Tag Archives: Biography

Madame Jeanne Guyon: The Accused Witch Who Defied King Louis XIV

Culture&Stuff’s very first guest post, by Nancy Carol James, PhD French culture in the 17th century demonstrated an amazing energy for spiritual and religious questions. One great genius from this time, the mathematician Blaise Pascal, pondered the question, what is a human being in the infinite? In other words, what is a human being who […]

Share/Bookmark
Posted in Biography, French History | Tagged | 1 Comment

Théroigne de Méricourt: ‘The fatal beauty of the revolution’. Part Two.

When we left Théroigne de Méricourt at the end of part one, she was beginning to sense a new energy in the streets of Paris in the spring of 1789. Like so much of social and political life at the time, this energy seemed to coalesce and find its fullest expression at the heady Palais Royal, where Théroigne […]

Posted in 18th Century, Biography, French History, Paris | Also tagged , , | Leave a comment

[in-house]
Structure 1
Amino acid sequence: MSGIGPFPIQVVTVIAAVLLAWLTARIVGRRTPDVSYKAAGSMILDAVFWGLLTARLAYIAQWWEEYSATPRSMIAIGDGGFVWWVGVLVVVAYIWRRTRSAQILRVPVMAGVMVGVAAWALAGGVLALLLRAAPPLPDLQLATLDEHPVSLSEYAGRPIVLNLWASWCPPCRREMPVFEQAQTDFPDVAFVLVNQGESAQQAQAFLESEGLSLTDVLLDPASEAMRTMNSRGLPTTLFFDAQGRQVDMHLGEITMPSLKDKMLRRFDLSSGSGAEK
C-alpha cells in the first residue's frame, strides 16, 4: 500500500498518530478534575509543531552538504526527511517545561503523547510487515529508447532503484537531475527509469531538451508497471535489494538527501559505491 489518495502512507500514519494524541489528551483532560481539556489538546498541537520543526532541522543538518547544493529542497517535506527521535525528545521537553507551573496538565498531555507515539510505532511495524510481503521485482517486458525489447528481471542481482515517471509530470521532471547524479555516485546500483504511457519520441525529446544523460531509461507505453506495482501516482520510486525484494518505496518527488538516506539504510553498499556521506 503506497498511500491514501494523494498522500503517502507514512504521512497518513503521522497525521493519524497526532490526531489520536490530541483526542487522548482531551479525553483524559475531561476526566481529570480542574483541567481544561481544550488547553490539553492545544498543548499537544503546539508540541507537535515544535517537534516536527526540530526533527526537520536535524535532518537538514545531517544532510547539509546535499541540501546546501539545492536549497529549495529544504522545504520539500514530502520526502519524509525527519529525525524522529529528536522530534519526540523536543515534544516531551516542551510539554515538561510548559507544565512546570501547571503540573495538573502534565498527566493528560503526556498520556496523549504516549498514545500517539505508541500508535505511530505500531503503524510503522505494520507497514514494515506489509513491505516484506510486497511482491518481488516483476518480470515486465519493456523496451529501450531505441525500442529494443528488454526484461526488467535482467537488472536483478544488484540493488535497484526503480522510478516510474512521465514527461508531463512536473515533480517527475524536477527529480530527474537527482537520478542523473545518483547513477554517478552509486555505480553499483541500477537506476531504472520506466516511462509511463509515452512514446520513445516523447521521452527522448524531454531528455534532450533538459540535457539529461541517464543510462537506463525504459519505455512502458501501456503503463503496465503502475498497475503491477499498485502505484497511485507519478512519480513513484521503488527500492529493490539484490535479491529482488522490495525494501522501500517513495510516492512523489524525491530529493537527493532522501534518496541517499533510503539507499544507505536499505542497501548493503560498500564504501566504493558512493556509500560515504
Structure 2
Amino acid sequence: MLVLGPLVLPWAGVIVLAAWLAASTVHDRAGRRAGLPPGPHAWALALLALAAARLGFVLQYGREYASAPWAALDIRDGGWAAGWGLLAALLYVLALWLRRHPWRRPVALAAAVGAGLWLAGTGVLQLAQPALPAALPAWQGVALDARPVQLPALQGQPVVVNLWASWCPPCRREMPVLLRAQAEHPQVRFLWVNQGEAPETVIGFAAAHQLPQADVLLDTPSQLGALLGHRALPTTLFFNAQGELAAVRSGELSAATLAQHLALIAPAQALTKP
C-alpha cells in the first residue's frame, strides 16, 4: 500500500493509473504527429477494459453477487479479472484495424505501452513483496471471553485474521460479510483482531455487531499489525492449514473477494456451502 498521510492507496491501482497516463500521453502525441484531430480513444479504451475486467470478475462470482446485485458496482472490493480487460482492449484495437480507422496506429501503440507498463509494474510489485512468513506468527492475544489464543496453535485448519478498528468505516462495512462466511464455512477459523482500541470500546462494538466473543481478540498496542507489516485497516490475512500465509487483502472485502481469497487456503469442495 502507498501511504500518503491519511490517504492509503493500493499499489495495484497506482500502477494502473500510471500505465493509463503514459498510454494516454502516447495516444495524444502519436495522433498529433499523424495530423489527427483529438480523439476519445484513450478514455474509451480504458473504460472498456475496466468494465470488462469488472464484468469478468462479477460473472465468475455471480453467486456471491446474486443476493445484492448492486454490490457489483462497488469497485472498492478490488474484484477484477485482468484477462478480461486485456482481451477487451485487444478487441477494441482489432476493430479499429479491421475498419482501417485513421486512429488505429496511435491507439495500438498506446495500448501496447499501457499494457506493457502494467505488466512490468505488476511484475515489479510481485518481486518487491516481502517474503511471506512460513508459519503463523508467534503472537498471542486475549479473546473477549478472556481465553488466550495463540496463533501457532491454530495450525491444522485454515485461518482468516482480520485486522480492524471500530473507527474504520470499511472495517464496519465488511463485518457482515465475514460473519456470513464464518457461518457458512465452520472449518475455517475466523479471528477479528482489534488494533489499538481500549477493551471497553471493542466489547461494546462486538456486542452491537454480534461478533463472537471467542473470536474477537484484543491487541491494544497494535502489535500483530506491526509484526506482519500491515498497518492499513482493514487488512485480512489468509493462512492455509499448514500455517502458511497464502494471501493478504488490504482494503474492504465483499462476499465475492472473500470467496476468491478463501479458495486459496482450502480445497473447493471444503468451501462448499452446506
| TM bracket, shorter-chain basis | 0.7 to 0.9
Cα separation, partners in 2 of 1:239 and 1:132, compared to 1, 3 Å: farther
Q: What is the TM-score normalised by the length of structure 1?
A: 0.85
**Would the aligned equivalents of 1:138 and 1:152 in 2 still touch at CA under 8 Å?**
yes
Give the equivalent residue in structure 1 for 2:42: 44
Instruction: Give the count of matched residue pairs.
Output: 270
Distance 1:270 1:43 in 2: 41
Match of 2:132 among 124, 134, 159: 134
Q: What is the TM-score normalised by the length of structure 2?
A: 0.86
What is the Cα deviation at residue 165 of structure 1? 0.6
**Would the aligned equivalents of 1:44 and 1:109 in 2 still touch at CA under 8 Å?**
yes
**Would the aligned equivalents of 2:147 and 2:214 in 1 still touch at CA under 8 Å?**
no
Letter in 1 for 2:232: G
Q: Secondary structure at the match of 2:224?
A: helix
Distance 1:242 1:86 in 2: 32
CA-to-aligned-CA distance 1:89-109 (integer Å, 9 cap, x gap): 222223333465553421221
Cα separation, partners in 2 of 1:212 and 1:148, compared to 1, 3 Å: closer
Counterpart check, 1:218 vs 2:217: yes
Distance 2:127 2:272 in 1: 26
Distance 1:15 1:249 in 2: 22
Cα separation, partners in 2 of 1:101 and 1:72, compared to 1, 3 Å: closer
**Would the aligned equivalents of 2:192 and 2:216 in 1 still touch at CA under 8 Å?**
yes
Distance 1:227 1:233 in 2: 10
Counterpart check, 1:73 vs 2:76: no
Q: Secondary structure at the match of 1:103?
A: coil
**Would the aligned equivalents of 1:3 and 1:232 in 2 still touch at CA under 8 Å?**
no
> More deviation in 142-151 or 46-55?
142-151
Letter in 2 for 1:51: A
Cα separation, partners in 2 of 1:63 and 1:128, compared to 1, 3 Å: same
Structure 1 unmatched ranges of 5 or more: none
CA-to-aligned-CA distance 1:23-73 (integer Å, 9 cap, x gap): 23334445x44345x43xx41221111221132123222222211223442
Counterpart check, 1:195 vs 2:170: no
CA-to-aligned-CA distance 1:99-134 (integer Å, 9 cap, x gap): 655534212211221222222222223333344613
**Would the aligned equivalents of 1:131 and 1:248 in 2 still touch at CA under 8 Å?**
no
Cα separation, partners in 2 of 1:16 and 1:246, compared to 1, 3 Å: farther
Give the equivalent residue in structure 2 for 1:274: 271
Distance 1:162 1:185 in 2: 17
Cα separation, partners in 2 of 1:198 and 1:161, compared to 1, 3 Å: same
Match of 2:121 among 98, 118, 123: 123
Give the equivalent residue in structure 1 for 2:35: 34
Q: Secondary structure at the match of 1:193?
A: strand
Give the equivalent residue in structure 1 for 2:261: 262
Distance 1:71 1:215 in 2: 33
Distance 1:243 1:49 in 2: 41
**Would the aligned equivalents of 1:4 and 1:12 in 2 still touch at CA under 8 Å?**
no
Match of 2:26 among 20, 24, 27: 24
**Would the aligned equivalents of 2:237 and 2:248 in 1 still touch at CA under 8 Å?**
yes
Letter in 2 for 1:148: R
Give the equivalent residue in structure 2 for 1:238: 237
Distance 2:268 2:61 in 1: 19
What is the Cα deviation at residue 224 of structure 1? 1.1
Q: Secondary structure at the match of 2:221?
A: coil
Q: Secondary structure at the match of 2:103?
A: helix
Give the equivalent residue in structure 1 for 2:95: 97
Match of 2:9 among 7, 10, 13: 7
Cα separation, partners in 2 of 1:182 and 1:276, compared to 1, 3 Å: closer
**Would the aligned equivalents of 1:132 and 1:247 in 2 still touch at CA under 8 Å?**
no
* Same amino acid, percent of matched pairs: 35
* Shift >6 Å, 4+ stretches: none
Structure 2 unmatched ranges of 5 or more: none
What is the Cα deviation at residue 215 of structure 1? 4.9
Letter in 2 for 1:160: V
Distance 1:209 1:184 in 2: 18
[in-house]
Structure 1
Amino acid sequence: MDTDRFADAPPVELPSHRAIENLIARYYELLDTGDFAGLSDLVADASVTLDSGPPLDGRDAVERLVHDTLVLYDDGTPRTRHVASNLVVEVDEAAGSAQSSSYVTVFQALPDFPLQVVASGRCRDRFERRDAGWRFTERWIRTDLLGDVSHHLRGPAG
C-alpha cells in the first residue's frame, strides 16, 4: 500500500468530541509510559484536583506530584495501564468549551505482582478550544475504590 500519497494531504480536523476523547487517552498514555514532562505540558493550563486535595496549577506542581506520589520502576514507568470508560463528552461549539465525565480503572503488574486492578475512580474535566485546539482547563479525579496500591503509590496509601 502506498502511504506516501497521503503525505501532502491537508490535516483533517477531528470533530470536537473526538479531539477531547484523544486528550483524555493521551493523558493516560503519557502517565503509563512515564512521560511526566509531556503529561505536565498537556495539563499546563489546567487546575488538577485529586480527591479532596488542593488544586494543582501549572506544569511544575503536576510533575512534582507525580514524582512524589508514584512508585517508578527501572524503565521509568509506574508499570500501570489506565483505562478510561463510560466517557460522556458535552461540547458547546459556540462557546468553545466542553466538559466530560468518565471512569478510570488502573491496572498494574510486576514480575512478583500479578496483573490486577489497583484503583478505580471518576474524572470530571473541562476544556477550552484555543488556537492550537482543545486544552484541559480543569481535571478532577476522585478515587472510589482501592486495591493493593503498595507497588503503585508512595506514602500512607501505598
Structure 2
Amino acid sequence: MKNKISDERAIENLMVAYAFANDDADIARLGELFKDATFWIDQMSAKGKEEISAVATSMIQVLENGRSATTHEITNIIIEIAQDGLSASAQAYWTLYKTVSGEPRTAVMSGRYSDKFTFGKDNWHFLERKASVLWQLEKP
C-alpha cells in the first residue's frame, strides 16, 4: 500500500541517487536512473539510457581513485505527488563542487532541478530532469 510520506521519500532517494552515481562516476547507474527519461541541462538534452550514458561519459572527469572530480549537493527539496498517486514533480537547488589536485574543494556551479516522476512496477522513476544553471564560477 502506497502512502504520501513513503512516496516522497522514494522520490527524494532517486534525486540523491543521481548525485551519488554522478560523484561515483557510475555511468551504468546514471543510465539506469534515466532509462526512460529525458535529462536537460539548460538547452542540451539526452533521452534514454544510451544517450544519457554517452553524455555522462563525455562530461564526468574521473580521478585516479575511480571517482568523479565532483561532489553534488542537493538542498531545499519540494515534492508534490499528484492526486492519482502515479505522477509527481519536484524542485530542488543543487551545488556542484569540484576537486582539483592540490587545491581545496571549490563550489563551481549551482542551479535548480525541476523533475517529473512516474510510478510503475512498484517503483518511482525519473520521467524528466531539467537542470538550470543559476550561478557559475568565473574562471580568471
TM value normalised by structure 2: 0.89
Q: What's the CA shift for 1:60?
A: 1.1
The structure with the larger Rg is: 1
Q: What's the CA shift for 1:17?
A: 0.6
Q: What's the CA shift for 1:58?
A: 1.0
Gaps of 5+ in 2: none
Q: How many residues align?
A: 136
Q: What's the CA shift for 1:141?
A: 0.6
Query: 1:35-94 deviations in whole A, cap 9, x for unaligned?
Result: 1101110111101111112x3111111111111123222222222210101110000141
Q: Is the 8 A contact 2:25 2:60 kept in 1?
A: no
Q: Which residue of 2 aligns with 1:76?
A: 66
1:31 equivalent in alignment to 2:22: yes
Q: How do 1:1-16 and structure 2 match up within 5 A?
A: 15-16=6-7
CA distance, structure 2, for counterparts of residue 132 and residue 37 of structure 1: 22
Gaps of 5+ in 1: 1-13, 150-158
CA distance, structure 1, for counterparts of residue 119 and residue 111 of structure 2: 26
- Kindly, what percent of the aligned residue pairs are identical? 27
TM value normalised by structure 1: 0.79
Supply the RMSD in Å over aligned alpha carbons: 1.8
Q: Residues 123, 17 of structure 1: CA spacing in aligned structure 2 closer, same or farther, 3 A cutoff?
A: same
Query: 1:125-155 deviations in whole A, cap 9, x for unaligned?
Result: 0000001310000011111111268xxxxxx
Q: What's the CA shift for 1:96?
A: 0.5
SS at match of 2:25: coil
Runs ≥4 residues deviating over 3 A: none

Théroigne de Méricourt: ‘The fatal beauty of the revolution’. Part One.

If the Austrian Emperor’s interrogator, François de Blanc, hadn’t already heard so much about the revolutionary prisoner, Théroigne de Méricourt, it’s unlikely a man like him would have believed much of the story she spun him. Stripped of the myth and legend that already surrounded the key events of her life, even the version of […]

Posted in 18th Century, Biography, French History, History, Paris | Also tagged , | Leave a comment

Marie Antoinette on Trial: Your Cut-Out-and-Keep Guide to Reading the Trial, Part 4

In the last part of the guide to Marie Antoinette’s trial, I looked at the way she dealt with the completely unexpected and totally secret interrogation which was sprung upon her two nights before the trial proper was to begin. The challenge that faced her on the morning of 14th October was very different. This […]

Posted in 18th Century, French History, History, Royal History, Uncategorized | Also tagged , , , | Leave a comment

Marie Antoinette on Trial: Your Cut-Out-and-Keep Guide to Reading the Trial, Part 3

There aren’t many things I’m good at doing if I’m suddenly woken up from sleeping. Operating a pair of trousers is a challenge, walking in a straight line a chore, and conducting a meaningful conversation a scientific impossibility. I don’t want to become one of those web sites that worship the ground Marie Antoinette walked […]

Related Posts with Thumbnails
Posted in 18th Century, French History, History, Royal History | Also tagged , , , | Leave a comment